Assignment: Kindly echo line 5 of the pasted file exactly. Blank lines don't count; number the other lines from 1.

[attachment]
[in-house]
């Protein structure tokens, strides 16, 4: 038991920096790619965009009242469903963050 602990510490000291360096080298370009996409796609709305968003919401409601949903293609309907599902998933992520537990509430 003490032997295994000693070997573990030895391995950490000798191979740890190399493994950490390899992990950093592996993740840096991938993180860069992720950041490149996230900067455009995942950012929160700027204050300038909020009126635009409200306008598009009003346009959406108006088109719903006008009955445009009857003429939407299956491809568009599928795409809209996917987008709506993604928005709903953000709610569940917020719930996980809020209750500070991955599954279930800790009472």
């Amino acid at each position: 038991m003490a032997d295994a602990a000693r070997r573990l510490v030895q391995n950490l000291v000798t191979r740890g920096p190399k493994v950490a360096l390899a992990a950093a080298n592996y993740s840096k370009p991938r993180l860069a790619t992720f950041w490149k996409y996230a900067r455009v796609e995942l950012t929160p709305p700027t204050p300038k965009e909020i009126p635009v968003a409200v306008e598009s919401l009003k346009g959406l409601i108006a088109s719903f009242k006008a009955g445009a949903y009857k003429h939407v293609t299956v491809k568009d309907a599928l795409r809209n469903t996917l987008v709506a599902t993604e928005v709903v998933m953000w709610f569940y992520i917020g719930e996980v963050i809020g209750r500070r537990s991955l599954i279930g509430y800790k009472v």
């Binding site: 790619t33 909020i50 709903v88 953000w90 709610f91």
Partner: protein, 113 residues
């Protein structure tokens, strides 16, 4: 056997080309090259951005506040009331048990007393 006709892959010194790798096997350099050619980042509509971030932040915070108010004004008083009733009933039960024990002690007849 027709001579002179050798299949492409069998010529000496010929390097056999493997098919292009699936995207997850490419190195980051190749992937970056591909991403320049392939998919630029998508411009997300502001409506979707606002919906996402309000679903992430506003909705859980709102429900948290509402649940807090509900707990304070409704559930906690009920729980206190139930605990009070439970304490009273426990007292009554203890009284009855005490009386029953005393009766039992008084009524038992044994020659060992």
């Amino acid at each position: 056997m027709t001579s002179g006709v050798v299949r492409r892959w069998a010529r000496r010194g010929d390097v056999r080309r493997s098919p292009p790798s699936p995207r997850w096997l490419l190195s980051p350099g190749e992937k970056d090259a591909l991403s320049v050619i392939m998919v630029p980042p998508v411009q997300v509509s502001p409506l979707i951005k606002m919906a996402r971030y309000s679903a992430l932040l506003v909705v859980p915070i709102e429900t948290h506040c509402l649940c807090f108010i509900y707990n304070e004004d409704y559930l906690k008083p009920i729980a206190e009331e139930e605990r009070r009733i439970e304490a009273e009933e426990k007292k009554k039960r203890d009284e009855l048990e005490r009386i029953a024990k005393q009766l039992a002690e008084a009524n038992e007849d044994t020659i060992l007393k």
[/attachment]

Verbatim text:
Partner: protein, 113 residues